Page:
Scams this Week 3/22/23

March 22, 2023

There were a handful of scams that really took off during the early days of the pandemic because so many people were at home and online. One scam that picked up and has no sign of slowing down is the Pet Scam.


Pet Scams: Pet scams also often known as puppy scams, cost victims $850,000 in 2021 and over $1M in 2022. Typically these scammers set up fake websites full of cute animal photos, giving potential pet-loving victims false hope and expectations of a new furry friend. After the scammer gets an initial payment for the pet, they will tack on more costs for shipping or special crates, shots, etc. The scams are consistently profitable because the multi-tiered setup allows scammers to convincingly go back to a consumer several times to ask for money.

If you're looking for a new pet but want to avoid becoming a victim:

  • See pets in person before paying any money.
  • Try to set up a video call to view the animal.
  • Conduct a reverse image search on photos attached to ads.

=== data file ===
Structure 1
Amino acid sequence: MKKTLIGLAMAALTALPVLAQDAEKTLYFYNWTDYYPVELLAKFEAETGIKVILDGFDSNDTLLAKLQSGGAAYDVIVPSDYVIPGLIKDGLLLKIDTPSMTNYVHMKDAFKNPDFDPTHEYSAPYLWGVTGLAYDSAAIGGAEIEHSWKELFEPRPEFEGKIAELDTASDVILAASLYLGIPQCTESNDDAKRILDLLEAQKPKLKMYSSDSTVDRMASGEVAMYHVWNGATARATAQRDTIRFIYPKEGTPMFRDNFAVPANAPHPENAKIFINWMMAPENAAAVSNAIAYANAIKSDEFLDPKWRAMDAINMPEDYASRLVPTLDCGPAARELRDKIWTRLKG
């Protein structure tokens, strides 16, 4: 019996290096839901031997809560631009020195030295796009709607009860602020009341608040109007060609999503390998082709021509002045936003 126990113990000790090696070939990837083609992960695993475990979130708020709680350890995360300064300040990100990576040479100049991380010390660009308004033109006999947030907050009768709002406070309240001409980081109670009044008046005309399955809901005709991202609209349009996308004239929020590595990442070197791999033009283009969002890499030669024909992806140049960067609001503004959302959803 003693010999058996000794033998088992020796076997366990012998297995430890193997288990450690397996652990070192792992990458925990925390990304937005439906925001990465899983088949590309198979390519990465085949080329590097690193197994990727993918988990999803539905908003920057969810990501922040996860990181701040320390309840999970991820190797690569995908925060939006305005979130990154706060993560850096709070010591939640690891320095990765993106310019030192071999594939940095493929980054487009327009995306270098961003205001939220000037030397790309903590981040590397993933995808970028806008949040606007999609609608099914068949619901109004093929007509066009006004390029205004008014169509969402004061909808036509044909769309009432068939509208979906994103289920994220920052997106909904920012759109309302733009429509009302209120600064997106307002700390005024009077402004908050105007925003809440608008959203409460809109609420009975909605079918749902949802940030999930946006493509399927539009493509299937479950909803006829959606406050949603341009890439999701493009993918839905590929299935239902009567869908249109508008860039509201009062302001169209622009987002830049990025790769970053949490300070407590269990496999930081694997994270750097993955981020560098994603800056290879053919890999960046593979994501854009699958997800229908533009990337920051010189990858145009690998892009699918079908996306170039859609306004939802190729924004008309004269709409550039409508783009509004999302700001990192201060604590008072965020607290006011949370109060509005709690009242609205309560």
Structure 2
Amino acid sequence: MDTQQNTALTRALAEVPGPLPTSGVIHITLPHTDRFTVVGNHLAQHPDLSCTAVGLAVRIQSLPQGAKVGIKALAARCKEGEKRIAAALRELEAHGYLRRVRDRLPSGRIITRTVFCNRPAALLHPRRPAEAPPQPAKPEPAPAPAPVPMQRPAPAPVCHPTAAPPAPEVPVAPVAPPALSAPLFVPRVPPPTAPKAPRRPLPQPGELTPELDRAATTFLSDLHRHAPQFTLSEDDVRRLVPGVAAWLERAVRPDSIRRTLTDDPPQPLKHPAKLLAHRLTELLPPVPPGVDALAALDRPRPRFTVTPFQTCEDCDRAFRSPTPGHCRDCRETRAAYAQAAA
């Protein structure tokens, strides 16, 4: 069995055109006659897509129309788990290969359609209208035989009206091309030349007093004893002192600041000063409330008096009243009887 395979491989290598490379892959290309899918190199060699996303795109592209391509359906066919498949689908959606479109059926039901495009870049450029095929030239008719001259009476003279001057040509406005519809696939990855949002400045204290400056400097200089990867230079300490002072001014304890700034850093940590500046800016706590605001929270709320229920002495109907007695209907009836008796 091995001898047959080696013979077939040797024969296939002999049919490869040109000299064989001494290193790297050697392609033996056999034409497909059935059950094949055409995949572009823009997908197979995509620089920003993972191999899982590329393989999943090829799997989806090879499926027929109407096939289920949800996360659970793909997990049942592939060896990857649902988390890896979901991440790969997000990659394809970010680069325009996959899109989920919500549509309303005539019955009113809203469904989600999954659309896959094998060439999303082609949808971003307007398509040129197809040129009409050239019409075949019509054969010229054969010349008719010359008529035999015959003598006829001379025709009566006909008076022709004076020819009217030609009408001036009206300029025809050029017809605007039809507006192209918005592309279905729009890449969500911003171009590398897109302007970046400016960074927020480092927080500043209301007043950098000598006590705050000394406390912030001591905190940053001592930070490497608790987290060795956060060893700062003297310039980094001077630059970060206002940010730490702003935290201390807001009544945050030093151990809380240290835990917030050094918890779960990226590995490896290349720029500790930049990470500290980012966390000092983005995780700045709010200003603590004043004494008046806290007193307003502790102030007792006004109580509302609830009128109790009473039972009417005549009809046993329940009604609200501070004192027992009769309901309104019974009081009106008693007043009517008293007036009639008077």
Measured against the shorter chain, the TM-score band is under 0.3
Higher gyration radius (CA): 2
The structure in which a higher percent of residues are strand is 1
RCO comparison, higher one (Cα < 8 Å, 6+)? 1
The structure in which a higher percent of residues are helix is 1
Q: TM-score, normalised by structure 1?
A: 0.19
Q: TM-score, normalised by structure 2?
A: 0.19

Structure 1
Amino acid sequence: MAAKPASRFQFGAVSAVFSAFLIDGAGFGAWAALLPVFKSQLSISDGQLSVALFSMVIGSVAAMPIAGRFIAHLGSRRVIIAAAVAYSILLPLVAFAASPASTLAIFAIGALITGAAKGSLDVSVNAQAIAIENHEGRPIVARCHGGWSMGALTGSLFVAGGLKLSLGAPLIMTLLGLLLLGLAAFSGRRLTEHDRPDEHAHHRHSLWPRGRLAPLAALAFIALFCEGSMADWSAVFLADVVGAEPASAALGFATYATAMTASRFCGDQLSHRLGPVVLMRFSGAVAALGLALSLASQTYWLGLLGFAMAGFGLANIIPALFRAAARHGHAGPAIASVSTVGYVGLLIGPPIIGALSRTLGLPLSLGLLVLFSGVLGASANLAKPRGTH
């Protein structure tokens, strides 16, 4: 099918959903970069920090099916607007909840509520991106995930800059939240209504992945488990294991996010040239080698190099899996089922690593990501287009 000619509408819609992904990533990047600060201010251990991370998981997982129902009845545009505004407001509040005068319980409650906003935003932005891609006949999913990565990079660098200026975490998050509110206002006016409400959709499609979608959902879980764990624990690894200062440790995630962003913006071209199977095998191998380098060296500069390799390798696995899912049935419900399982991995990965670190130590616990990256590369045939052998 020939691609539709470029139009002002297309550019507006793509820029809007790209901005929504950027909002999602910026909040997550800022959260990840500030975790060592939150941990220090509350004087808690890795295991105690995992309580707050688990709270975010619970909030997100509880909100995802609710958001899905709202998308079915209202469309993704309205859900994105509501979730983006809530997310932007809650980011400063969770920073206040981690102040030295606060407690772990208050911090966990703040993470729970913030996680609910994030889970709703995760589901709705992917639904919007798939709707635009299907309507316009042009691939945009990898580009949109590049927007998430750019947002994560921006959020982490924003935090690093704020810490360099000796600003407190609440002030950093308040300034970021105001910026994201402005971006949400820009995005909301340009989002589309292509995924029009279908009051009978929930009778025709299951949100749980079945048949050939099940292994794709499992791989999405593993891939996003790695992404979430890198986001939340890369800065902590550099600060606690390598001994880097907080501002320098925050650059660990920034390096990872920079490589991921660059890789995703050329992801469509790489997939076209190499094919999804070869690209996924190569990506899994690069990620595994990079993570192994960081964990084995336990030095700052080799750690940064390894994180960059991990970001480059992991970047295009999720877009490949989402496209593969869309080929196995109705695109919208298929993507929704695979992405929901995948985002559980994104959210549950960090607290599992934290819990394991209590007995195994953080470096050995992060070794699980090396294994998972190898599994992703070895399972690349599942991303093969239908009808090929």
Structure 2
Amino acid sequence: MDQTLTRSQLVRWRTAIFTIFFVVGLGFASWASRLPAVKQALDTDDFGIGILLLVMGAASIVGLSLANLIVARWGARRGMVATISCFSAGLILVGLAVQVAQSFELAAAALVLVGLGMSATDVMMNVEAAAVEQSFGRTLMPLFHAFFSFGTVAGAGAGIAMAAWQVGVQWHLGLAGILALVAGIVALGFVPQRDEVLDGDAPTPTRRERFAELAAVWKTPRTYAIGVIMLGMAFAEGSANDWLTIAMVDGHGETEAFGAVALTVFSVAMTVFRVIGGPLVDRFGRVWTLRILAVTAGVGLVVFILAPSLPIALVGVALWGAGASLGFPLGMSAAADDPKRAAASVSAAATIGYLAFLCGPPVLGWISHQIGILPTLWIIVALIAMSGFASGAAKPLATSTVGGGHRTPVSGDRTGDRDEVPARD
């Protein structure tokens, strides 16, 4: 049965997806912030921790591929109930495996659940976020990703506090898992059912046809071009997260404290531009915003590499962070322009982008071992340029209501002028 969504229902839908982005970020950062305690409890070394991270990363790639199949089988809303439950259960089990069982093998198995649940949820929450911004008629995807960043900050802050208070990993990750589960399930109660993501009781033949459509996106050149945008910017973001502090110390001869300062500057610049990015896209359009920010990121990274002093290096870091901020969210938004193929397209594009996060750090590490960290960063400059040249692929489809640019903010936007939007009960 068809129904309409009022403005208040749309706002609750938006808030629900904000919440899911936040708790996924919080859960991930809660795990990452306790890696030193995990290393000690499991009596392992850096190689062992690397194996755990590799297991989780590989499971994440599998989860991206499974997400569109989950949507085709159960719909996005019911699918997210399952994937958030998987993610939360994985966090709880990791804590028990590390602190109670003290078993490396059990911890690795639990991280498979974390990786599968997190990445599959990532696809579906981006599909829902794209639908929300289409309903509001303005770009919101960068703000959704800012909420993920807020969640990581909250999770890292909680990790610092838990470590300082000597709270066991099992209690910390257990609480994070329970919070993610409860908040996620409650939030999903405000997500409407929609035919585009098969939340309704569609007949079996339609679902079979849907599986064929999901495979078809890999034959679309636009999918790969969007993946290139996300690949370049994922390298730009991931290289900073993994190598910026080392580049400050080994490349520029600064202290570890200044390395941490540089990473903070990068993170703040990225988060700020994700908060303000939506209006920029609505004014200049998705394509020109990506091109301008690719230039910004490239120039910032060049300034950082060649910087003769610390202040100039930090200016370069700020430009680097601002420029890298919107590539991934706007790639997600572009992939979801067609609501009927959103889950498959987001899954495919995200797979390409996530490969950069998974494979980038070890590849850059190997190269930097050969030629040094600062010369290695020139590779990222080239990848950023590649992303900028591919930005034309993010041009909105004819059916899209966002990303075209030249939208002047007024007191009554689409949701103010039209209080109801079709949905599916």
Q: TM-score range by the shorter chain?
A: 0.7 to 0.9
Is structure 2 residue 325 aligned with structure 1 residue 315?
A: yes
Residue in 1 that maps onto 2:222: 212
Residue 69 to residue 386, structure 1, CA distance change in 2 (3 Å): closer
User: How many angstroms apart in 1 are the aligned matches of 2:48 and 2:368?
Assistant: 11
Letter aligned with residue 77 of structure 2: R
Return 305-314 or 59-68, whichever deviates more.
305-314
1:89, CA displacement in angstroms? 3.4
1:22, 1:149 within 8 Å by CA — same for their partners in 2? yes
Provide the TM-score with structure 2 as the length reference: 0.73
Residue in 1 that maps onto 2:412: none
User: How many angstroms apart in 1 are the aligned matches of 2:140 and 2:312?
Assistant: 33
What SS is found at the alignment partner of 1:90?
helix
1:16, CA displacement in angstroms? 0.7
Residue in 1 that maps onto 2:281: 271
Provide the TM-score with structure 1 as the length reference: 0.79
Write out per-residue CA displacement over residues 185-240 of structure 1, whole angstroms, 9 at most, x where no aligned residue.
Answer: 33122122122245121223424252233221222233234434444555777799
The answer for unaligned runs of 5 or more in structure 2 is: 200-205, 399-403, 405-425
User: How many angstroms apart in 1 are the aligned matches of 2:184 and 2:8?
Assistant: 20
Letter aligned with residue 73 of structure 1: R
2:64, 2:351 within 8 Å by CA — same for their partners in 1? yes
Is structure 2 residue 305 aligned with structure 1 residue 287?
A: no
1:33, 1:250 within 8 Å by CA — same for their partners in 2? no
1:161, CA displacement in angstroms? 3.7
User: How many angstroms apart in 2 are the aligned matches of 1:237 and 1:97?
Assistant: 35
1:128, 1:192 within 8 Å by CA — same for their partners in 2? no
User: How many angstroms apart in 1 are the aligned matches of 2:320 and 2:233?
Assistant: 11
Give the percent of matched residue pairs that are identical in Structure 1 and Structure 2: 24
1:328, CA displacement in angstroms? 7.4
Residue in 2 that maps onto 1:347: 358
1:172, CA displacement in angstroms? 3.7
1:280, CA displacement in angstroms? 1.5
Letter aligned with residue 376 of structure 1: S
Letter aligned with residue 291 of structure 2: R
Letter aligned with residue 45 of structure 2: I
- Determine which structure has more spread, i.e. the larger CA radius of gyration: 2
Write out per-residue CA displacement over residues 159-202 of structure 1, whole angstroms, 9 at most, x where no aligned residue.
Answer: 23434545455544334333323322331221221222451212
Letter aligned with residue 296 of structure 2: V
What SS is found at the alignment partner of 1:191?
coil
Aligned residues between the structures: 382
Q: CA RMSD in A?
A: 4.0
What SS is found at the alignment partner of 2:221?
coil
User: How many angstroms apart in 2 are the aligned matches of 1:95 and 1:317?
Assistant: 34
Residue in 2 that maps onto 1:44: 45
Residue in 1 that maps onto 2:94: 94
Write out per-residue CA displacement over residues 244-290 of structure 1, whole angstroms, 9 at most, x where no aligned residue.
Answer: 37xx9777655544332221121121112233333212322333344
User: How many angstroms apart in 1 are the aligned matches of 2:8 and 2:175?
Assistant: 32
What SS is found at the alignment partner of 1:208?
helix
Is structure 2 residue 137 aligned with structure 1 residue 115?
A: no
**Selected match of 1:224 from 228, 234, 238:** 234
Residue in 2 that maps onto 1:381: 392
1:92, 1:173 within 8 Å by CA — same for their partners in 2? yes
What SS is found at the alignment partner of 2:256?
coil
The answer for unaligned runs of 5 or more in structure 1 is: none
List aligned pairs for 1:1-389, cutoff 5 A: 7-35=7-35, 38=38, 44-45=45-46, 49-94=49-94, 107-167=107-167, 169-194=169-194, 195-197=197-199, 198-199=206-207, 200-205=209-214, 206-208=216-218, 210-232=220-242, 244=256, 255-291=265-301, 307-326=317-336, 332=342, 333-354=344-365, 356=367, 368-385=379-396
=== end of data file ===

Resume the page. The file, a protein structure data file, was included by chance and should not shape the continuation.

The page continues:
• Research the breed to figure out the average market price.
  • Check out a local animal shelter for pets to meet in person before adopting.

If you are the victim of a pet scam, immediately contact:

  • The Better Business Bureau Scam Tracker to report fraud online.
  • Federal Trade Commission (FTC): to file a complaint online or call 877-FTC-Help.
  • Your credit card issuer: Report the incident if you shared your credit card number, even if the transaction was not completed. Monitor your statements and if you suspect fraud, ask for a refund.
  • Tracks complaints, catalogs puppy scammers, and endeavors to get fraudulent pet sales websites down.

Find more scam prevention tips on our website.

You can add Det. Thorne on Facebook or follow @DetThorneBPD on Twitter.

Contact: Boise Police Media Relations

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